Ηλιακή έκλειψη | Total solar eclipse | summa defectionem solis
On 21 August 2017, Columbia, SC, will experience a total solar eclipse that will last about two and a half minutes. A solar eclipse occurs when the Moon passes between the Earth and the Sun, thereby totally or partly obscuring the image of the Sun for a viewer on Earth. A total solar eclipse occurs when the Moon’s apparent diameter is larger than the Sun’s, thereby occulting the Sun and blocking all direct sunlight, obscuring daylight, and shrouding the affected area in darkness. Totality occurs in a narrow path across the Earth’s surface, with a corresponding partial solar eclipse visible over a surrounding region thousands of kilometers wide. The narrow path of totality occurs within the umbra (Latin for “shadow”), which is the innermost and darkest part of a shadow, where the light is completely blocked by the Moon’s occulting of the Sun. Neighboring areas will experience a partial eclipse due to their falling under the penumbra (from the Latin paene “almost, nearly”), the region in which only a portion of the Sun’s light is obscured by the Moon. During the period of totality, the corona (Latin for “crown”), the Sun’s outer atmosphere of plasma, will be visible with the naked eye.
Columbia, SC, will experience the longest total solar eclipse for a metro area on the East Coast, with 2 minutes and 36 seconds of darkness in the middle of the afternoon. This will be the first transcontinental total solar eclipse to cross the United States in 99 years (the last one crossed the U.S. in 1918 and the last visible eclipse in the U.S. occurred in 1979). There are many city-wide events planned from Friday, August 18th, through Monday, August 21st, the day of the eclipse. The Irvin Department of Rare Books and Special Collections will have highlights from the Robert B. Ariail Collection of Historical Astronomy on display throughout the month of August, with extended hours during eclipse weekend. The partial eclipse will begin around 1:13 pm, on August 21, 2017, and totality will last from about 2:41-2:44 pm; afterward, the Moon will begin to move out from the path of sunlight, with the Sun fully emerging around 4:06 pm.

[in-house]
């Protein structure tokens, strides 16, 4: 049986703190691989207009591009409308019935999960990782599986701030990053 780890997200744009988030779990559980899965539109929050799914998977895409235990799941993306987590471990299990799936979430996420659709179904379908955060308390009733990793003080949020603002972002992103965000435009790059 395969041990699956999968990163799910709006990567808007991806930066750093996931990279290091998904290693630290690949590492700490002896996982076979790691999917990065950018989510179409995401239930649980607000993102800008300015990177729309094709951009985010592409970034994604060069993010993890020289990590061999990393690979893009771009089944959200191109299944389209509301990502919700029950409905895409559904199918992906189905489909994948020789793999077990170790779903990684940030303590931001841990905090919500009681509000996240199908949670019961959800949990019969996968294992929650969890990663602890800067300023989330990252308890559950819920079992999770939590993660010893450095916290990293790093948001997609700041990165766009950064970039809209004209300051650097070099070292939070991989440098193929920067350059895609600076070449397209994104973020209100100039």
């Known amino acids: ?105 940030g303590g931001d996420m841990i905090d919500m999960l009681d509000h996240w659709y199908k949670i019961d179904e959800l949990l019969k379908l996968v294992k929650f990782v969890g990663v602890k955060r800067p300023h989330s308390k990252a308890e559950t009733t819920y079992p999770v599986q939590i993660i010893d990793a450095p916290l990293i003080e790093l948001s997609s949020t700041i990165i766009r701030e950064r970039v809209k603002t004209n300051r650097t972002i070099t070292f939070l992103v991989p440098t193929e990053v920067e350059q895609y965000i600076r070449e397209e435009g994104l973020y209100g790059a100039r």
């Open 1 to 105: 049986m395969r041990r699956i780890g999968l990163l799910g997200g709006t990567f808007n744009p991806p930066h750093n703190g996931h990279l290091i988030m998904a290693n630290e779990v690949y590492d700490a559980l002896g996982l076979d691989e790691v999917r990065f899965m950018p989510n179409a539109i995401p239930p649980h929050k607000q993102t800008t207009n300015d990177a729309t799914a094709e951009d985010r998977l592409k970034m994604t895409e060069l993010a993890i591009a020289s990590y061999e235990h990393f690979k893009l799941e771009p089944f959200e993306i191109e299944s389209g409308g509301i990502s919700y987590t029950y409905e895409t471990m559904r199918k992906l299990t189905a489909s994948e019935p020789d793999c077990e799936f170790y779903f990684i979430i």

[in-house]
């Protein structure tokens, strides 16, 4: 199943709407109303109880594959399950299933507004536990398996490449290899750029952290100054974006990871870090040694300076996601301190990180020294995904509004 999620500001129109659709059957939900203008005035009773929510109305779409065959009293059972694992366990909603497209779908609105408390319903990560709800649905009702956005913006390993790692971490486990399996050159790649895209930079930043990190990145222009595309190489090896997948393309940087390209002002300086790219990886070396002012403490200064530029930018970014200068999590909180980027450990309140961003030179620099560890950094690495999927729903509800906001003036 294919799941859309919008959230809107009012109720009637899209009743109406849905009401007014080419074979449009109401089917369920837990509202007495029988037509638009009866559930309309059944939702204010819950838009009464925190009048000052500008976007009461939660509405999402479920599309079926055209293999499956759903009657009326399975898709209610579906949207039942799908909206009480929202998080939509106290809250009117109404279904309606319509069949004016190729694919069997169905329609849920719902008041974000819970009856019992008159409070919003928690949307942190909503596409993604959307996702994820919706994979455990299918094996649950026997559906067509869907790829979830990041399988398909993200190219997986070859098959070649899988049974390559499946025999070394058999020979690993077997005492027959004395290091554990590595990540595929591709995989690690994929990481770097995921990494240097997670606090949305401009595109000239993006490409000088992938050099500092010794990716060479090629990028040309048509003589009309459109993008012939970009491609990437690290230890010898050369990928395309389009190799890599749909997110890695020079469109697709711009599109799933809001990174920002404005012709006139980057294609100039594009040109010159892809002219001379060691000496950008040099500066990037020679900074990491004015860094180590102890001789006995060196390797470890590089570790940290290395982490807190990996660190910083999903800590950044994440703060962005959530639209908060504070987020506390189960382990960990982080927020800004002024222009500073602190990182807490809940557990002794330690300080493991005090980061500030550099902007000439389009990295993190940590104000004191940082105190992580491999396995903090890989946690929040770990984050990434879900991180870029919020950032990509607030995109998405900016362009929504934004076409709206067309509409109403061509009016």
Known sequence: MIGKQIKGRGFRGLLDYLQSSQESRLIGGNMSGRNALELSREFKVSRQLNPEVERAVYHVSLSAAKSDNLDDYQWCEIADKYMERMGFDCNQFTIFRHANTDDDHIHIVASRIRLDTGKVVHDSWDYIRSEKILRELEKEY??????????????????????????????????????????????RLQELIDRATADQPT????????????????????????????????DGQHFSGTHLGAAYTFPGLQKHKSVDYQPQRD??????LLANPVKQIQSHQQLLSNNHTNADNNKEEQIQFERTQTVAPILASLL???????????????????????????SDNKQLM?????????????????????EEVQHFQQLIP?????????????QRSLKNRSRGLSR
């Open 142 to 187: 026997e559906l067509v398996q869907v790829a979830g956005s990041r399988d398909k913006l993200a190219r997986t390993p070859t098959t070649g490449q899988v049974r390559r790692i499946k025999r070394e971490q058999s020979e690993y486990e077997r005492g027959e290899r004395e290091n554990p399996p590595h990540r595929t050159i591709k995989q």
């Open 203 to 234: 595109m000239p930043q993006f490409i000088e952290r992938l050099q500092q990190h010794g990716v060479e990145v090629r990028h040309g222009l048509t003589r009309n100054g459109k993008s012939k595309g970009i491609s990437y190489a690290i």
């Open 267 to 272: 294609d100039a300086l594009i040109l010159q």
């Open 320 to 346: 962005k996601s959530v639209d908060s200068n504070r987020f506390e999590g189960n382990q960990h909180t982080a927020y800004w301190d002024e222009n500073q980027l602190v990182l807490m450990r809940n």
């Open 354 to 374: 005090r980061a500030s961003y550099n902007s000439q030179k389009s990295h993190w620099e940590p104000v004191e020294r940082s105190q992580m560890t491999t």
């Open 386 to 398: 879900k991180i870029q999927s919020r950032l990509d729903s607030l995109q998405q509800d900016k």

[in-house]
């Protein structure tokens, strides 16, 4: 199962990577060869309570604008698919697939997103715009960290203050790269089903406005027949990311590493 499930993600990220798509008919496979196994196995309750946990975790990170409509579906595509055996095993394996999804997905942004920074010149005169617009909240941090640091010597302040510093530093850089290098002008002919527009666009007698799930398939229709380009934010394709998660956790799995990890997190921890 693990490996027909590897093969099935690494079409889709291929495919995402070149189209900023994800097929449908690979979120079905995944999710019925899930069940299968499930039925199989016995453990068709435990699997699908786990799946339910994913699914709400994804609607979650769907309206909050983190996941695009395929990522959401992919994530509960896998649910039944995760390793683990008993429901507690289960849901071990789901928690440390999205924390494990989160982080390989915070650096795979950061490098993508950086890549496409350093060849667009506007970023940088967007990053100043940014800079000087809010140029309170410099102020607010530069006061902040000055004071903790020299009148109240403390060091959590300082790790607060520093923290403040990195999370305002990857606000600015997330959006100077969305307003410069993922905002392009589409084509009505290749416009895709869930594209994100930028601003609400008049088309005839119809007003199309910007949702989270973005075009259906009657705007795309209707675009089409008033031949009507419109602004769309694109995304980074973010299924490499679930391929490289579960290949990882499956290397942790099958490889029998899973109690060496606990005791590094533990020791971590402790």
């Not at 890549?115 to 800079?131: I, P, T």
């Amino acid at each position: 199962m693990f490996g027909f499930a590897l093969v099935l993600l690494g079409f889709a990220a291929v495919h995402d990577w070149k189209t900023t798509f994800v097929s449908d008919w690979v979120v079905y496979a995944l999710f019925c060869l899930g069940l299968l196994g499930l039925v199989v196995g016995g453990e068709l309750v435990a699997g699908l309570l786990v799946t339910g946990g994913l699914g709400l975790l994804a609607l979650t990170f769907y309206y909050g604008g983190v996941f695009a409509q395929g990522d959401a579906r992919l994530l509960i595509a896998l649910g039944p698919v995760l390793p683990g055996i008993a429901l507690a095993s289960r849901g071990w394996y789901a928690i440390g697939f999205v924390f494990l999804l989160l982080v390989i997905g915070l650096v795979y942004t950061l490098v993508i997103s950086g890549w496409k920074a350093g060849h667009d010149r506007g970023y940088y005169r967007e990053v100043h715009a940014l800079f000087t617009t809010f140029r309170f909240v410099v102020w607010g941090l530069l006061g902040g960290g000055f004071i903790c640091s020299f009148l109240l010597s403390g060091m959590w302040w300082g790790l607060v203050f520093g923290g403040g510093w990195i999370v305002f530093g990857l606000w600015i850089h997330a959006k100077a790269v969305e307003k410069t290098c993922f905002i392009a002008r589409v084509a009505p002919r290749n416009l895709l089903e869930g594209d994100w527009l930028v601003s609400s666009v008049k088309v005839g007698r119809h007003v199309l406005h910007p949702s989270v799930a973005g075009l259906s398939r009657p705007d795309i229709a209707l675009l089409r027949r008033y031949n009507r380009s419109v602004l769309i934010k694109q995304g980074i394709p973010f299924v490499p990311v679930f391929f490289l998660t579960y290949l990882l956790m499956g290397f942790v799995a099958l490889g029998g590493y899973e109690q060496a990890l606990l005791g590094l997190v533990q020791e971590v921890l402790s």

A total solar eclipse is a rare natural phenomena to witness and has a variety of effects. While solar eclipses occur about every year and a half, given the narrow width of the Moon’s umbra, a total solar eclipse is visible in a given spot only about once in every few hundred years. During totality, the sky will go completely dark, the temperature will drop a few degrees, diurnal animals will be confused while nocturnal animals may wakeup as if it were night, and a variety of optical phenomena that are otherwise obscured by sunlight will become visible. Those who have experienced a total solar eclipse report that it is an awe inspiring spectacle and an emotionally overwhelming experience not to be missed. It is the Irvin Department’s pleasure to be able to share our rich holdings in the history of natural science and astronomy during this astonishing event, and we hope that all who come to visit the collections will find the books on display as inspiring as the eclipse itself.